For any Indian traveller worth his or her backpack, a visit to the Kumbh Mela is a must on the bucket list. It is, of course, the grandest display of Hinduism and will bring you face to face with the multitudes from across the country, but it can also send you back with quirky and amusing experiences to share for a lifetime. If I remember only one thing about the 2013 Maha Kumbh Mela till the end of my life, it will be the encounter with the Naga sadhu who had brazenly asked for my gold ring.
I don’t know if he attended the recently concluded Kumbh Mela at Nashik — and what all he managed to wrest from devotees in the name of ‘dakshina’ — but he was there at the last Gangasagar Mela all right. My eyes had sought him out among the pictures filed by a photographer of the newspaper for which I was working then.
There was no mistaking my old ‘friend’ — ash-caked face, greyish-yellow beard and hair, with a hint of baldness at the front of the head, save for a clump that’s still left in the middle. And those bloodshot eyes! How could I ever forget them!
And he hadn’t lost his lust for the good things in life either. Unclothed as he was, there was a high-end headphone resting pretty on his ash-coated head. When I had met him in Allahabad, he had on sunglasses, a bracelet on one wrist and a couple of expensive watches on the other.
It was February 2013 and I was covering the Maha Kumbh with two other journalists and a journo-turned-PR agency owner. After we had all gathered material for our respective stories, we decided to go on a hunt for the Naga sadhus. After all, no trip — and no album — of Kumbh Mela can be complete without a photograph of the naked ascetics taking a holy dip or smoking pot.
When we finally reached the Junah Akharas — the camp of the Naga sadhus — it was well past 2pm. It was the fag end of Maha Kumbh and we feared to find it empty, but it was not. There were quite a few sadhus inside — walking around, chatting among themselves, sitting cross-legged on small makeshift stages…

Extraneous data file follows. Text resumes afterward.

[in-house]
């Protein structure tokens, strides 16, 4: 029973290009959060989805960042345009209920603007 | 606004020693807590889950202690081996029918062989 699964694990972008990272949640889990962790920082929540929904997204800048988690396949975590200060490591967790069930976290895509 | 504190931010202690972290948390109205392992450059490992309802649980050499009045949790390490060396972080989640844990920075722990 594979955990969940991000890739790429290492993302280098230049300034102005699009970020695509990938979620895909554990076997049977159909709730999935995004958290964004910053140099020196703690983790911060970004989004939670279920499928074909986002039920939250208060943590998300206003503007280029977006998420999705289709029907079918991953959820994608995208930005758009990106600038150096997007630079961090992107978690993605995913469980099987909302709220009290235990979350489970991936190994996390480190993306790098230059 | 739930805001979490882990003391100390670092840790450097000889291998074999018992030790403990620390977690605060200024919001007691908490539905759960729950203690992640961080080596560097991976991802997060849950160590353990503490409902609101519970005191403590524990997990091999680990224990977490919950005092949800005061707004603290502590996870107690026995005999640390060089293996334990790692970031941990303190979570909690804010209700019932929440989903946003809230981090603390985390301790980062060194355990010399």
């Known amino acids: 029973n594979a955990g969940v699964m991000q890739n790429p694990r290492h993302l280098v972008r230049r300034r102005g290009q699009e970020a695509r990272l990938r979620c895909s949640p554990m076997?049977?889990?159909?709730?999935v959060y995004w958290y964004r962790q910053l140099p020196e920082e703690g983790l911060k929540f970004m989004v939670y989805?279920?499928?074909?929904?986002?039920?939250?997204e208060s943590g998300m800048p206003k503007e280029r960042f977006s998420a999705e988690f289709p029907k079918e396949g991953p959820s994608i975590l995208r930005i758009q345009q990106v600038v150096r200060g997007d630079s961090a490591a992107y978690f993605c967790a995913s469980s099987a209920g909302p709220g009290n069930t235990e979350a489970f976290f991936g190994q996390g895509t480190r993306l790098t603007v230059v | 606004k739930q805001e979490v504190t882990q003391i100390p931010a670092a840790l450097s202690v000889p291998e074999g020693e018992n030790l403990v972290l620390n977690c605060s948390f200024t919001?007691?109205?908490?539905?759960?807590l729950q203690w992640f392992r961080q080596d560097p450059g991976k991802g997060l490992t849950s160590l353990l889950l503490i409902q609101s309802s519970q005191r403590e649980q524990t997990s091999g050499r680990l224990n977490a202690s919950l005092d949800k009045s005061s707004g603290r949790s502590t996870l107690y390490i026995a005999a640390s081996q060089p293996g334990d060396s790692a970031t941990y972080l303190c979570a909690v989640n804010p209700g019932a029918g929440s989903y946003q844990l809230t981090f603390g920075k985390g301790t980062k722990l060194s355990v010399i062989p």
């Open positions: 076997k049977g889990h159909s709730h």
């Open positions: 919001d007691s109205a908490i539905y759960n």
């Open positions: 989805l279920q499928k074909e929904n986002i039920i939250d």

After a brief encounter with a sadhu who was still clothed in a saffron robe — maybe he would renounce it in another few years — a fellow woman journalist and I strolled up to the Naga sadhu seated on the next podium. I wondered if he’d let me photograph him. After all, Naga sadhus are infamous for their temper. Besides, many are reputed to be dangerous criminals hiding from the law. I wondered what kind of ‘sadhu’ this one was.
One glance up close and I knew this was no ‘holy’ man. He had on all the ornaments as I have already described, was unclothed and to top it all, had an erection! We pretended to show respect and he patted us on the head with a peacock-feather fan. And, he gave us a smile that had nothing holy about it.
Slightly encouraged, I asked him why he had sunglasses on. “Why are you wearing glasses?” he asked me instead, the smile not leaving his face. “Because I’m short-sighted,” I replied. “Really?” he said. “Show me your glasses.” I obeyed.
He took off his sunglasses and that’s when I saw his eyes — small, cold and bloodshot. Seeing him put my glasses on, I said: “I have very high power. You won’t be able to see a thing.” He went ahead nonetheless and exclaimed, “That’s right, I can’t see a thing.” “Neither can I, without my glasses,” I said and asked him to hand them over. For a moment I feared he wouldn’t agree, but thankfully he did.
It’s highly likely that he wouldn’t have given my glasses back had they served his purpose. He was probably shortsighted, too. But thankfully, my power had been too high for him.
Now I asked him if I could photograph him. He immediately agreed. But the moment I was done he asked me what ‘dakshina’ I had for him. I took out a 10-rupee note from my purse, but he was furious.
“Put the money back. I don’t need money,” he thundered. I was wary at once. “What do you want then?” I asked. He pointed at the yellow sapphire-studded gold ring on my index finger, and said, “Give me that.”
I glanced in panic at the other journo, who looked much calmer. “How can she give you the ring babaji? We are students. Can she afford this? It’s a gift from her dad. He’ll be very angry with her. Do you want that?” she demanded.
I gulped. Students! By Indian standards, we had reached the age where our kids would be students!
Naga baba, however, was too angry to realise that. “I don’t know anything. You either give me that ring or I won’t have anything from you,” he barked. We were already crawling backwards by then and before he could say or do anything further, we jumped off the podium and fled as fast as we could.
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